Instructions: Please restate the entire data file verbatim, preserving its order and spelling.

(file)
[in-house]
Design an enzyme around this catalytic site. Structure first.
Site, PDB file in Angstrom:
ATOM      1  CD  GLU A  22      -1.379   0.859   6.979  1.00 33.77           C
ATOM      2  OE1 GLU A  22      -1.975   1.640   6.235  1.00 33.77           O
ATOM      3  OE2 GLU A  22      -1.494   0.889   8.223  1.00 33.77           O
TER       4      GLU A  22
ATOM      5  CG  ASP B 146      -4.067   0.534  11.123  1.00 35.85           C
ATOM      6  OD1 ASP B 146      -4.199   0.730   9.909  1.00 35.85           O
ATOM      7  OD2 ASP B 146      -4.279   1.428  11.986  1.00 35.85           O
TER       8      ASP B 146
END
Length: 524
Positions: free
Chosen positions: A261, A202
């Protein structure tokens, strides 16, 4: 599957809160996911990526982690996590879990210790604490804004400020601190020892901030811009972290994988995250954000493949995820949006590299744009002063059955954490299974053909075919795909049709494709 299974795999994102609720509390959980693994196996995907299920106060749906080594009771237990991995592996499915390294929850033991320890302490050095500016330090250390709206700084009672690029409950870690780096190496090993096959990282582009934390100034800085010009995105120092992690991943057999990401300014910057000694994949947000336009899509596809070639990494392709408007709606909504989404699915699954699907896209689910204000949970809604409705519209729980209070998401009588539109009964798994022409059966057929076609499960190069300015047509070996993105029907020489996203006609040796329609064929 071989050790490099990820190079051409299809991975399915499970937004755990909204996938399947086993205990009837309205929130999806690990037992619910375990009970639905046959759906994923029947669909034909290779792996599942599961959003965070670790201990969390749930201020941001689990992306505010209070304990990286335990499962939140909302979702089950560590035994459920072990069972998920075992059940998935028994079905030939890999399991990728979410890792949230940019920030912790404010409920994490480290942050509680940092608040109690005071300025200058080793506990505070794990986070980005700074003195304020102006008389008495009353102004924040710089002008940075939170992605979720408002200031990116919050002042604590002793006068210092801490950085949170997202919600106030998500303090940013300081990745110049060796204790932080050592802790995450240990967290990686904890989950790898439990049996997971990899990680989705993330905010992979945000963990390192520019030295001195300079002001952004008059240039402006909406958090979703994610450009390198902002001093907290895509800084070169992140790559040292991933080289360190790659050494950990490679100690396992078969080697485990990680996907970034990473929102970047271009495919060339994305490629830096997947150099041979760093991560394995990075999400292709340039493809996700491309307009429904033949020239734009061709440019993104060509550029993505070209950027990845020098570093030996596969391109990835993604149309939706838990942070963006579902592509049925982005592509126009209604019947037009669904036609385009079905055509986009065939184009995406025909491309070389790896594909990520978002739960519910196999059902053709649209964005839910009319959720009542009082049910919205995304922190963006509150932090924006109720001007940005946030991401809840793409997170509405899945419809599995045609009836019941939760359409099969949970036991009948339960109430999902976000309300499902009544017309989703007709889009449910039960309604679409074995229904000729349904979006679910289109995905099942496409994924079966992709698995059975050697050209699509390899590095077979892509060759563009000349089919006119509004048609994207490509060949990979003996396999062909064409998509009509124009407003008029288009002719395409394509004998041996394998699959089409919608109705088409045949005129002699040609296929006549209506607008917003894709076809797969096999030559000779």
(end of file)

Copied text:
[in-house]
Design an enzyme around this catalytic site. Structure first.
Site, PDB file in Angstrom:
ATOM      1  CD  GLU A  22      -1.379   0.859   6.979  1.00 33.77           C
ATOM      2  OE1 GLU A  22      -1.975   1.640   6.235  1.00 33.77           O
ATOM      3  OE2 GLU A  22      -1.494   0.889   8.223  1.00 33.77           O
TER       4      GLU A  22
ATOM      5  CG  ASP B 146      -4.067   0.534  11.123  1.00 35.85           C
ATOM      6  OD1 ASP B 146      -4.199   0.730   9.909  1.00 35.85           O
ATOM      7  OD2 ASP B 146      -4.279   1.428  11.986  1.00 35.85           O
TER       8      ASP B 146
END
Length: 524
Positions: free
Chosen positions: A261, A202
């Protein structure tokens, strides 16, 4: 599957809160996911990526982690996590879990210790604490804004400020601190020892901030811009972290994988995250954000493949995820949006590299744009002063059955954490299974053909075919795909049709494709 299974795999994102609720509390959980693994196996995907299920106060749906080594009771237990991995592996499915390294929850033991320890302490050095500016330090250390709206700084009672690029409950870690780096190496090993096959990282582009934390100034800085010009995105120092992690991943057999990401300014910057000694994949947000336009899509596809070639990494392709408007709606909504989404699915699954699907896209689910204000949970809604409705519209729980209070998401009588539109009964798994022409059966057929076609499960190069300015047509070996993105029907020489996203006609040796329609064929 071989050790490099990820190079051409299809991975399915499970937004755990909204996938399947086993205990009837309205929130999806690990037992619910375990009970639905046959759906994923029947669909034909290779792996599942599961959003965070670790201990969390749930201020941001689990992306505010209070304990990286335990499962939140909302979702089950560590035994459920072990069972998920075992059940998935028994079905030939890999399991990728979410890792949230940019920030912790404010409920994490480290942050509680940092608040109690005071300025200058080793506990505070794990986070980005700074003195304020102006008389008495009353102004924040710089002008940075939170992605979720408002200031990116919050002042604590002793006068210092801490950085949170997202919600106030998500303090940013300081990745110049060796204790932080050592802790995450240990967290990686904890989950790898439990049996997971990899990680989705993330905010992979945000963990390192520019030295001195300079002001952004008059240039402006909406958090979703994610450009390198902002001093907290895509800084070169992140790559040292991933080289360190790659050494950990490679100690396992078969080697485990990680996907970034990473929102970047271009495919060339994305490629830096997947150099041979760093991560394995990075999400292709340039493809996700491309307009429904033949020239734009061709440019993104060509550029993505070209950027990845020098570093030996596969391109990835993604149309939706838990942070963006579902592509049925982005592509126009209604019947037009669904036609385009079905055509986009065939184009995406025909491309070389790896594909990520978002739960519910196999059902053709649209964005839910009319959720009542009082049910919205995304922190963006509150932090924006109720001007940005946030991401809840793409997170509405899945419809599995045609009836019941939760359409099969949970036991009948339960109430999902976000309300499902009544017309989703007709889009449910039960309604679409074995229904000729349904979006679910289109995905099942496409994924079966992709698995059975050697050209699509390899590095077979892509060759563009000349089919006119509004048609994207490509060949990979003996396999062909064409998509009509124009407003008029288009002719395409394509004998041996394998699959089409919608109705088409045949005129002699040609296929006549209506607008917003894709076809797969096999030559000779």